29 June, 2021

[Review] The Invisible life of Addie LaRue by V. E. Schwab


Cover image from the goodreads website.

Series or Stand Alone:
Stand Alone
Release Date: 6 October, 2020
Publisher: Tor books
Genre: Fantasy/Romance
ISBN: 9780765387561
Edition: Hardback (also available in audiobook and eBook)
Review Written: 22 March, 2021
Warnings: Suicidal Thoughts, Death of a Parent, Grief, Toxic Relationships, Mental Illness, Child Abuse, Emotional Abuse, Rape, Sexual Content
A Life No One Will Remember. A Story You Will Never Forget.

France, 1714: in a moment of desperation, a young woman makes a Faustian bargain to live forever and is cursed to be forgotten by everyone she meets.

Thus begins the extraordinary life of Addie LaRue, and a dazzling adventure that will play out across centuries and continents, across history and art, as a young woman learns how far she will go to leave her mark on the world.

But everything changes when, after nearly 300 years, Addie stumbles across a young man in a hidden bookstore and he remembers her name.

See more by V.E. Schwab at her website.
I'll be the first to admit I don't stray into adult fiction very often. I tend to stick to Young Adult/New Adult and Middle Grade fiction as much of my job entails knowing what's current in those areas. This however was introduced to me by my sister via Tiktok. Yes, I fell hard into Booktok. I have 0 regrets about falling into Tiktok's book fandoms, I'll admit I've found some stellar choices to read.

Adaline LaRue has never been one to follow the rules. As a child, her favorite thing to do was to attend market days with her woodworking father. She was forever drawing and sketching the world around her, and imagining far off lives and adventures. Unfortunately for her, 1700s France is not a place where a single woman can make a living in a trade. She is often ostracized in her small town and associated with the old "witch" who lives alone and still worships the old ways. Everything comes to a head when her parents accept a marriage proposal for her from a local widower. Having seen how her friend's life seems to have simply ceased being her own after marriage, Adaline prays to the old gods to free herself from this marriage. Unfortunately for her, she makes a deal with a god after dark - one that you're never supposed to pray to.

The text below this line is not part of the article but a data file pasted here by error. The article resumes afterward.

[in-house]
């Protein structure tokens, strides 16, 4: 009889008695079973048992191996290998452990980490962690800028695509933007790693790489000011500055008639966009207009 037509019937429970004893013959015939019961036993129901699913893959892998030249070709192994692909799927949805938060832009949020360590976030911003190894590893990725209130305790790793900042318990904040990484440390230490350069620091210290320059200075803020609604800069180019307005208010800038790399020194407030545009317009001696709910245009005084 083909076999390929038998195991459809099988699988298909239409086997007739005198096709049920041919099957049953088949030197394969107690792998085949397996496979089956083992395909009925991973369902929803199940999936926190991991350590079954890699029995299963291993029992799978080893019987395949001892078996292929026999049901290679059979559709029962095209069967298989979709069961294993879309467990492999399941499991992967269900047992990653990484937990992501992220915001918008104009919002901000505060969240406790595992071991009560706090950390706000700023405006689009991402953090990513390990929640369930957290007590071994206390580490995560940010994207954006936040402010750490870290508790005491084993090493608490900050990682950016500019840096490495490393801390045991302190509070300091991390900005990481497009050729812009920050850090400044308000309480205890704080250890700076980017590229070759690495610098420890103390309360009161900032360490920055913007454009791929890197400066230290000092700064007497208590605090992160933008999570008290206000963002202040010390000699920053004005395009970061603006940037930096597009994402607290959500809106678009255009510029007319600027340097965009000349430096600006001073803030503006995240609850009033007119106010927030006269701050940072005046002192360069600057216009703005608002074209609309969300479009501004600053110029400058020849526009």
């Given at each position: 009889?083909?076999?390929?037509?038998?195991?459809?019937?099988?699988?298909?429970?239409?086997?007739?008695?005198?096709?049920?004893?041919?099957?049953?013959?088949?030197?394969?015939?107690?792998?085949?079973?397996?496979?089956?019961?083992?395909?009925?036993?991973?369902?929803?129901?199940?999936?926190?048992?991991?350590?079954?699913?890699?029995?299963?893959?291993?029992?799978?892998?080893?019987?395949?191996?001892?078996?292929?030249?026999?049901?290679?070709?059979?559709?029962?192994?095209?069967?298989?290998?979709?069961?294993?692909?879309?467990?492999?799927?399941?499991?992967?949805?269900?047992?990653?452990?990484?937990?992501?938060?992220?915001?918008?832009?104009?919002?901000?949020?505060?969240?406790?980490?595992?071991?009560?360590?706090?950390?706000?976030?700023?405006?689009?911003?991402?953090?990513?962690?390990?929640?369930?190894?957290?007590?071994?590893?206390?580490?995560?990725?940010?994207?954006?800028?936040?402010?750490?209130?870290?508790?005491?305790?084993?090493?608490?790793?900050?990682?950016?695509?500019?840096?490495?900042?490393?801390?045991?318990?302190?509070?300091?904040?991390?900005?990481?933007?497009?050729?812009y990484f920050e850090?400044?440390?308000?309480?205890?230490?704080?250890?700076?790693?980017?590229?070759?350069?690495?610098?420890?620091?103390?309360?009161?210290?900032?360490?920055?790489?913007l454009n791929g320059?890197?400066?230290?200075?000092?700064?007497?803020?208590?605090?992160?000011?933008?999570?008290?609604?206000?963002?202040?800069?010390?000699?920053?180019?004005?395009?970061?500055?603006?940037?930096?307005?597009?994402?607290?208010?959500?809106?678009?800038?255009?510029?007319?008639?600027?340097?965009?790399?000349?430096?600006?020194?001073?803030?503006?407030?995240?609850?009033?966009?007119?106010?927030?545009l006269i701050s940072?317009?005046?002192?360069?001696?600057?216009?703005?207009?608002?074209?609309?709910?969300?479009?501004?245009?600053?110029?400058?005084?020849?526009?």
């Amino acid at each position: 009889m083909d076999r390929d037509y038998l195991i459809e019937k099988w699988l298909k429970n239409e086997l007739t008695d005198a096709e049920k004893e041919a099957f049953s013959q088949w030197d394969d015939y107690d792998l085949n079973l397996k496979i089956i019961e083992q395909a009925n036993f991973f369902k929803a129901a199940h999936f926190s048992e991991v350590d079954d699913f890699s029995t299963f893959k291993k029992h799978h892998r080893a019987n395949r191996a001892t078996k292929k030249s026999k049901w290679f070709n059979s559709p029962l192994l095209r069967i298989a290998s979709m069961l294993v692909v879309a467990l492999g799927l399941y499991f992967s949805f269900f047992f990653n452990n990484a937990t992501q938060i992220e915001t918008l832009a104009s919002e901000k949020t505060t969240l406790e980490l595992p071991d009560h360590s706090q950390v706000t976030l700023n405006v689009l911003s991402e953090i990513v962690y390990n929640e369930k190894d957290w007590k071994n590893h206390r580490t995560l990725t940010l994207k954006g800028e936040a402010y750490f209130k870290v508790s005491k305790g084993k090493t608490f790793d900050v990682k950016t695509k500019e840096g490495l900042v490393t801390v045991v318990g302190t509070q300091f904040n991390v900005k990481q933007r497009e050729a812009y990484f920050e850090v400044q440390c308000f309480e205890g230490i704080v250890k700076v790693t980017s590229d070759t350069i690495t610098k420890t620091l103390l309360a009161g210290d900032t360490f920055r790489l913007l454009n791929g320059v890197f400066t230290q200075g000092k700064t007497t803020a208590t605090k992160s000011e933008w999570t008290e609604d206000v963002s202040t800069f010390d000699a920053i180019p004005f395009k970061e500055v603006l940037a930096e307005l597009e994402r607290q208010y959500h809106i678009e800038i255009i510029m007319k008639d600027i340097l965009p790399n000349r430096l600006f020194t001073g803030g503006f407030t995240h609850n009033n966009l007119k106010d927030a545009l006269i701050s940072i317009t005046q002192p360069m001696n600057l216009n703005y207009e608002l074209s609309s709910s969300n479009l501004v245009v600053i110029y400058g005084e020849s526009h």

Adaline requests time, time to see the world and explore everything, to experience the world. And she's granted this time at the price of people remembering her. No one remembers her, the moment she steps out of sight, they won't remember who she is. And she cannot give her true name. In time she comes to view this more as a gift than the curse it was intended to be. Sure, she can't be caught on film, she can't write or leave a mark on the world by herself, but she can cause changes and bring forth ideas by whispering them into the ears of her paramours. Everything changes when she meets Henry.

Henry, a young man who never felt like enough, made a deal with the devil who stole Addie's name. And it's because of this that he can remember her, despite everything that's happened to Addie. Neither of these characters really have much dimension to them however.

Henry is constantly trying to find true validation within the eyes of his friends and family, but the deal he made makes him basically a magnet for everyone's desires. People see who they want to see instead of the true Henry. Addie hasn't seemed to learn much from her teenage years. For most of her 300 year existence she remains in France, floating like a ghost among the living. She doesn't seem to have many encounters with anything 'hard' like racism. She encounters a fair amount of sexism but that's pretty in line with her time period.

For a book that took the author ten years to write, I was left wanting more. More detail about what Addie encountered, more representation within the book. The ending of the book left much to be desired, Henry's freed from his curse but Addie is just left hanging around with Death? She supposedly made a loop-hole for herself but honestly it seemed like another bad decision in a string of bad decisions.

If you want a romance, check out this book. Otherwise, perhaps leave Addie and her seven-freckles to the fates of the old gods after dark.

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